[Clearing out my Drafts folder] Rationality and Decision Theory Curriculum Idea

post by orthonormal · 2015-03-23T22:54:51.241Z · score: 6 (7 votes) · LW · GW · Legacy · None comments

Note: The following is a draft post I've had since 2009, and it's not great but it's worth posting for discussion. I do like the way that it prefigures some of the problems of Quirrell Points when traitors are allowed...

Need to see if this can be easily gamed, but...

Step 1. Introduce Prisoner's Dilemma.  Set up computer system so that they can log in and play it in partners with investments of points (caution them: this is their actual grade at stake).  Let them know that they currently don't have enough points for a passing grade on that part of the course, but that maximum investment and mutual cooperation will result in A's for (almost) everyone on it (with high probability); also that points are converted to grades on a logarithmic scale.  Let them know that creating institutions and alliances is a good strategy in such games.

Initially, each student is allowed to play once per day, with 1 partner.  Students log in, enter the name of their requested PD partner, enter how much they're willing to invest, and enter C or D.  They'll get a "bank statement" daily as well.

If both enter C, they each get 1.2 points back (per initial point invested).  If one enters C and the other D, the cooperator gets nothing back and the defector gets 2 points (per point invested). If both enter D, then each gets 0.5 points back.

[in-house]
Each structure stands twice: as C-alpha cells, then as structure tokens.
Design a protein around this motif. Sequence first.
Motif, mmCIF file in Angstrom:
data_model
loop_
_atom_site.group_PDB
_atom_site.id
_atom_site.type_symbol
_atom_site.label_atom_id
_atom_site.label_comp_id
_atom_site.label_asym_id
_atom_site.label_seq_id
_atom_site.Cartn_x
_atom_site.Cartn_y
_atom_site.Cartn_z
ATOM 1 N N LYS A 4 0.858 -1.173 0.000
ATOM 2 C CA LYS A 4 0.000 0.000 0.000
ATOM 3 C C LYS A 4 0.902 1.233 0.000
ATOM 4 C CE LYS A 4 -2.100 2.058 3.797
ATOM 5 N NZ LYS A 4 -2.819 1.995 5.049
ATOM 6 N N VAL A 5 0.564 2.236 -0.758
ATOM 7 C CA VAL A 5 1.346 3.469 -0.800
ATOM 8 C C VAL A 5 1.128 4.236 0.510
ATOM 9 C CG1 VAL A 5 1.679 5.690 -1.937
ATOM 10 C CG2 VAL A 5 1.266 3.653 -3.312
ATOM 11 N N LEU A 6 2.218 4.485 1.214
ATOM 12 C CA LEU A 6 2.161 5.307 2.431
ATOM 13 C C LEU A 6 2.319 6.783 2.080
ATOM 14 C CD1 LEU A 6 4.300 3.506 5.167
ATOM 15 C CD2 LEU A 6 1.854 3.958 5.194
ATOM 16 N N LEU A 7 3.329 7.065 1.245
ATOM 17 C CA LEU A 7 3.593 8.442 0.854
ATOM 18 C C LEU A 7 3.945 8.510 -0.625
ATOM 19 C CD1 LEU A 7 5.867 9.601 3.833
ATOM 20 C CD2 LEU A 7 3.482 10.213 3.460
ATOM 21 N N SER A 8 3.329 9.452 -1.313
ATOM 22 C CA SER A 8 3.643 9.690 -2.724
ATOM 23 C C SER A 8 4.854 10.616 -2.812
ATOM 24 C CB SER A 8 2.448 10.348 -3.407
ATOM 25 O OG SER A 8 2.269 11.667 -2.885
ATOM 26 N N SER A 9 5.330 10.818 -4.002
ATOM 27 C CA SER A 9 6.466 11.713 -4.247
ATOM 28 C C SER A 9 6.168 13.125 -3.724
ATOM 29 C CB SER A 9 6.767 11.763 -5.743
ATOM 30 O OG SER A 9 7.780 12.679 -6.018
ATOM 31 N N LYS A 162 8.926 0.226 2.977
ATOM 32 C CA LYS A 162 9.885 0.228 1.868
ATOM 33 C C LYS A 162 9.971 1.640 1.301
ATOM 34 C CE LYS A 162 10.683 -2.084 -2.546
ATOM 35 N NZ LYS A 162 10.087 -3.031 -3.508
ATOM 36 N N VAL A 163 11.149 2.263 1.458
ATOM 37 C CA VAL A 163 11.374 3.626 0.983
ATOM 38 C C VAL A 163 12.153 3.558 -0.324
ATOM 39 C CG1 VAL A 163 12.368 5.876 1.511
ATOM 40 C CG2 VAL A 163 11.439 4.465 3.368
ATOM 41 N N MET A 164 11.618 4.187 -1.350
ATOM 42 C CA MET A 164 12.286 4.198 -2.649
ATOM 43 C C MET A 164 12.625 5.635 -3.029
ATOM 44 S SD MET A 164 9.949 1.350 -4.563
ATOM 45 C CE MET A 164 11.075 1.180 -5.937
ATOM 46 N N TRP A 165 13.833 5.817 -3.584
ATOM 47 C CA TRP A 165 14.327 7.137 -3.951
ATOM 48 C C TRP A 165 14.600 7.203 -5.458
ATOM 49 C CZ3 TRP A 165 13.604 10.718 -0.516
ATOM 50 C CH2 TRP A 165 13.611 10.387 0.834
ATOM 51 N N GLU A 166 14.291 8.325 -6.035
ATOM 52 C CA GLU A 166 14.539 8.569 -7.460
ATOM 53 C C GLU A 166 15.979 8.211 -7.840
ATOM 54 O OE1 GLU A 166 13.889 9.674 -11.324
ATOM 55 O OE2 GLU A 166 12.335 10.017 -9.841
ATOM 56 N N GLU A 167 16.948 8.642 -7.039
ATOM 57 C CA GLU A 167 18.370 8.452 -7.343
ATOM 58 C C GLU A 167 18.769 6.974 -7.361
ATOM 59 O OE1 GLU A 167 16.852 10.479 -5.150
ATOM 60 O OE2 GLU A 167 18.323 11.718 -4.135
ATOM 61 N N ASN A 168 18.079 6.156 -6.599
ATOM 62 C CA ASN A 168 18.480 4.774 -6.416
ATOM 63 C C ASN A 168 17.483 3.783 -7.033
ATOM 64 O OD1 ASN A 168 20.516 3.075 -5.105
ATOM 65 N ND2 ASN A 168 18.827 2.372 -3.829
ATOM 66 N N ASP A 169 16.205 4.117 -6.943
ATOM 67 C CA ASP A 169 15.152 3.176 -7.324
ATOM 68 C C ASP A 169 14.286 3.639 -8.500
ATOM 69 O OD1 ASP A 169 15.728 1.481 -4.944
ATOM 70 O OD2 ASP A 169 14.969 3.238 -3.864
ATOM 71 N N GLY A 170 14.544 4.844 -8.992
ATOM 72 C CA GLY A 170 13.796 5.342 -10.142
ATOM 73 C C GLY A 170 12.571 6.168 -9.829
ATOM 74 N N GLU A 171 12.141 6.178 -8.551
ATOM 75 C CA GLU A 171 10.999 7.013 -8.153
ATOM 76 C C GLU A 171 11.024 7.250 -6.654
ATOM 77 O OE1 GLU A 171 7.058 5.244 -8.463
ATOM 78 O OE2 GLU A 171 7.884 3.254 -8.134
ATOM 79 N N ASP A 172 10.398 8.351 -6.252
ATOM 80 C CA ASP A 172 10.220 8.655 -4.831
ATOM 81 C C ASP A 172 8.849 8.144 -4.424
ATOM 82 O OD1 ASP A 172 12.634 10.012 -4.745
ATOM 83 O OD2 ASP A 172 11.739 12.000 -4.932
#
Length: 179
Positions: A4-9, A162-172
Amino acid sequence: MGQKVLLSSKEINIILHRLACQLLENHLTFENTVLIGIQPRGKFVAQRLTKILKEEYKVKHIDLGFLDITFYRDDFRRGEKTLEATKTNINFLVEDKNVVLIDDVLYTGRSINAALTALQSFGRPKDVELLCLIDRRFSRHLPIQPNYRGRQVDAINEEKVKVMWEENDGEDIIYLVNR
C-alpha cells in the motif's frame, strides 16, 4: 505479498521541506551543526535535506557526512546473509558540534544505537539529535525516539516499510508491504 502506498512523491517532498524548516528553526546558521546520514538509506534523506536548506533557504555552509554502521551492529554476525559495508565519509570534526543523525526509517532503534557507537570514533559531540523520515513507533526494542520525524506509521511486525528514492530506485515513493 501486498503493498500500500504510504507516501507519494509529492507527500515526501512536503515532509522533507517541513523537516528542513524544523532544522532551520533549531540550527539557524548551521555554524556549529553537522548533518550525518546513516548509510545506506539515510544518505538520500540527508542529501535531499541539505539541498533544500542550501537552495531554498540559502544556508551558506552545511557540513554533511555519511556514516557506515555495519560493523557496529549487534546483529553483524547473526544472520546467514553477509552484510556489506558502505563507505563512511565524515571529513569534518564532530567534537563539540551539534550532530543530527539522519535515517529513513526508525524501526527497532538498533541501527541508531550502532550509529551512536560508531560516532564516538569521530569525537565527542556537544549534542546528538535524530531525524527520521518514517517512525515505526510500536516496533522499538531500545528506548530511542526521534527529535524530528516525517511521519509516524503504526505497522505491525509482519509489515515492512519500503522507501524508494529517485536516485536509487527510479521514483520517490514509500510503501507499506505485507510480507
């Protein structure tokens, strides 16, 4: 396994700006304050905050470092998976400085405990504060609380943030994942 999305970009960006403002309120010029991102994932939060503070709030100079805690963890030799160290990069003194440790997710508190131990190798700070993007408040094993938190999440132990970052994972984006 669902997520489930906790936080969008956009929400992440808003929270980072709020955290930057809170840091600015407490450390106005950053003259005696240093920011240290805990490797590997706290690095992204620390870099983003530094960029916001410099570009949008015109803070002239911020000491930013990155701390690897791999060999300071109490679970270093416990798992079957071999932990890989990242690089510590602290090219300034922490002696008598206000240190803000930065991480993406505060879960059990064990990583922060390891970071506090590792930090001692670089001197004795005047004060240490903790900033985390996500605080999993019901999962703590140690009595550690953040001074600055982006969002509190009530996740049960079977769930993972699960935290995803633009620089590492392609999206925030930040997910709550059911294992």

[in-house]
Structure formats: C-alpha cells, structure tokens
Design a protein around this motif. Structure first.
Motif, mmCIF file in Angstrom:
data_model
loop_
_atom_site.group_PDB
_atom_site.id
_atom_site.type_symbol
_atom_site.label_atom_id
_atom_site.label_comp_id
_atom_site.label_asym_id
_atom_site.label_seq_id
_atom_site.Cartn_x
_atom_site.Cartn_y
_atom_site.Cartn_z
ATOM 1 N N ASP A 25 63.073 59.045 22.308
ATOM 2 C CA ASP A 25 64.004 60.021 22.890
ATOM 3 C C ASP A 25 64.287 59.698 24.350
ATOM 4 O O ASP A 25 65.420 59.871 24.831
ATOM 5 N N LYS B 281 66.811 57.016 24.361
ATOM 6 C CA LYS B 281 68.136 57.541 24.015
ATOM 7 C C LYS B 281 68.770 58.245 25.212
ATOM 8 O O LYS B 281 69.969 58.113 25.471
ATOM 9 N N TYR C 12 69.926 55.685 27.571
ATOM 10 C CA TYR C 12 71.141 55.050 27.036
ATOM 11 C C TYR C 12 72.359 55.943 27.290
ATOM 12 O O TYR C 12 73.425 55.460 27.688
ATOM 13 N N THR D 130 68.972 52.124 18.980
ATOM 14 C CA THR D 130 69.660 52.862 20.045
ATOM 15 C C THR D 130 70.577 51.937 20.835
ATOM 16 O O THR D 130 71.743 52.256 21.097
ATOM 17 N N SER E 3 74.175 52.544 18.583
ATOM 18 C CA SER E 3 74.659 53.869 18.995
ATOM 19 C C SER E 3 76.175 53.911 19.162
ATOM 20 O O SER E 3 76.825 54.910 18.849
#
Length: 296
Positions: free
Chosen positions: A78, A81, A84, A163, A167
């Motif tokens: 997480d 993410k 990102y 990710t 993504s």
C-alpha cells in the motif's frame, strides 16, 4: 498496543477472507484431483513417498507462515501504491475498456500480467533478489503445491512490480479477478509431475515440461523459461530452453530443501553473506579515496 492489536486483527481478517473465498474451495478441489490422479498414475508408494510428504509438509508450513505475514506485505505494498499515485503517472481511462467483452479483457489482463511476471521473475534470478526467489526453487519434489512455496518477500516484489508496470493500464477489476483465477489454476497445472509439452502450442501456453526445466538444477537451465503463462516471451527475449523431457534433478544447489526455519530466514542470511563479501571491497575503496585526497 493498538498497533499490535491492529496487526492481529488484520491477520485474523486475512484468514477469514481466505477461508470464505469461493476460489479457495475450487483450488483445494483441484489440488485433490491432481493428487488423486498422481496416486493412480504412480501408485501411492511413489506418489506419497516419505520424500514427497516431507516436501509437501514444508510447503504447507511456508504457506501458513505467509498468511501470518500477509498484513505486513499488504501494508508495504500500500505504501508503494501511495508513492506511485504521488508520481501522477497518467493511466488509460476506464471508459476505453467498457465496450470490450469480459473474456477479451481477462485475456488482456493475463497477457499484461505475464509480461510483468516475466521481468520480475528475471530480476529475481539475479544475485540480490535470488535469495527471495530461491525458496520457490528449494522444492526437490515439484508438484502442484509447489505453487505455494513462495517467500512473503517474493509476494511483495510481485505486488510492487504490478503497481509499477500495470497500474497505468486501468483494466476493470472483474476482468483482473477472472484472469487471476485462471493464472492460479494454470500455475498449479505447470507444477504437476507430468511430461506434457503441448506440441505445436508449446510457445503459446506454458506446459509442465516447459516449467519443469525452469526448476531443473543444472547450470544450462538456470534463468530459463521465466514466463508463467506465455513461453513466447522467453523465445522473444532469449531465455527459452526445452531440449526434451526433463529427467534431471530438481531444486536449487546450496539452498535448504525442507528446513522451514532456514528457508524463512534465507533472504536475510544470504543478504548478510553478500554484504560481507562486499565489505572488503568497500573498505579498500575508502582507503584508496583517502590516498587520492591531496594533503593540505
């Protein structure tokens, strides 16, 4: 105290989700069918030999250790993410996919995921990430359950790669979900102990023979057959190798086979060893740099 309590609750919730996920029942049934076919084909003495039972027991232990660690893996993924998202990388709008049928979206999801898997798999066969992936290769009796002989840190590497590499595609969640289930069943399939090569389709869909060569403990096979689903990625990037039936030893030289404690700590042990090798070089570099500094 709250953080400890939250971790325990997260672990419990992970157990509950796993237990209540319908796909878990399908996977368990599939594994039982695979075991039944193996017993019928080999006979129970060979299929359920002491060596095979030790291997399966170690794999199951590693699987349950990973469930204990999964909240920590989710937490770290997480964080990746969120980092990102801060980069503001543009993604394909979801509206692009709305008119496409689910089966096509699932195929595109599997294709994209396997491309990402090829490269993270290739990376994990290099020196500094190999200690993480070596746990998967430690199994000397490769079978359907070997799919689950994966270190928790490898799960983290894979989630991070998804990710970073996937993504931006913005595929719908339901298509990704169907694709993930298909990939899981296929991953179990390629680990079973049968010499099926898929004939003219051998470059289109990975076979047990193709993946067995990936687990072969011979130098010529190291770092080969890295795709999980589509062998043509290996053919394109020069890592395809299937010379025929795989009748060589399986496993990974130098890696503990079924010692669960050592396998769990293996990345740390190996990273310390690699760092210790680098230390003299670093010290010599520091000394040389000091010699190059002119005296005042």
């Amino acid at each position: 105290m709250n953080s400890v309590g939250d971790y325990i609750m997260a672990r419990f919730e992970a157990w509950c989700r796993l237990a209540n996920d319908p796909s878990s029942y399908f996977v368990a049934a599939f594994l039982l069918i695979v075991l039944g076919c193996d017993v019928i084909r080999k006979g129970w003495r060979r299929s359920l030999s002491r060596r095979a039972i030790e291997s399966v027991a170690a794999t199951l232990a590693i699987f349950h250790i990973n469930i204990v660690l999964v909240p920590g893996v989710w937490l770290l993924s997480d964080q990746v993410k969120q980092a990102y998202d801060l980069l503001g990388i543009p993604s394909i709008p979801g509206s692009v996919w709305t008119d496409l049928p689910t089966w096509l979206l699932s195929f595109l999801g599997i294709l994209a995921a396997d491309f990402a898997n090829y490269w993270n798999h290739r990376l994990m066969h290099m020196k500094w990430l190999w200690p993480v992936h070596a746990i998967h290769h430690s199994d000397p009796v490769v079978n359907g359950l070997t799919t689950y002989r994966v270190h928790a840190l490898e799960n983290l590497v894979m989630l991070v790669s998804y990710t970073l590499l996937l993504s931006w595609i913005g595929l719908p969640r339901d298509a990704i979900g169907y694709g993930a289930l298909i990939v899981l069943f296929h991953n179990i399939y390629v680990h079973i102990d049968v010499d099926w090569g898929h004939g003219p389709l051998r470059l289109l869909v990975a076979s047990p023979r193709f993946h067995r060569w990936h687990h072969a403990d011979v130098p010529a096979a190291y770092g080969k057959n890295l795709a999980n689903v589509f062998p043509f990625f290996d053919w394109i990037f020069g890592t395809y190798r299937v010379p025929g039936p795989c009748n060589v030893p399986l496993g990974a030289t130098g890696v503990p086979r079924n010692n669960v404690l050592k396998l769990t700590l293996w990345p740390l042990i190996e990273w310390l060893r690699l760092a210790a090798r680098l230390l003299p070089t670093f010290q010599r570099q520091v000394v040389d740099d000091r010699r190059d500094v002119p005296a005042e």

Once they've had some practice with this, we move to

Step 2: Bigger investments, luck, observation.

Introduce larger group investments with higher rates of return.  E.g. a five-person opportunity that pays each C player 0.2 guaranteed plus 0.4 for each C (not counting themselves), and each D player gets 0.5 guaranteed plus 0.5 for each C.  (Set these up to be balanced in some way.)

Add a factor of luck, so that people can't just (be forced to) show one another their bank statements as proof of their cooperation.  People should average the proper amounts, but have enough variation that it's often difficult to tell whether they cooperated or defected.  (Or is there another way to handle this?)

Finally, allow a third option of observation within a deal.  One idea: if you choose to observe, then you take up a spot in the investment, keep your own point, and don't count as a C for others, but you get to see some or all of the other players' choices.  Make sure that information is proportionately expensive.

Step 3: Keep scaling it up, adjust (only) as necessary.

If things get too unbalanced, some progressive taxation and welfare might be in order; but disrupting the system too much will tend to destroy the things they need to learn.

Ideally, larger and larger opportunities should be offered, with the kicker being a gigantic one-shot Prisoner's Dilemma that the whole class can partake in.  C might get guaranteed 0.2 plus 0.2 for every other C, while D gets guaranteed 1 plus 0.3 for every C.

Implementation:

Need a non-hackable computer program to work off of.  Also, have students (for real points) give critiques and suggestions for improvement.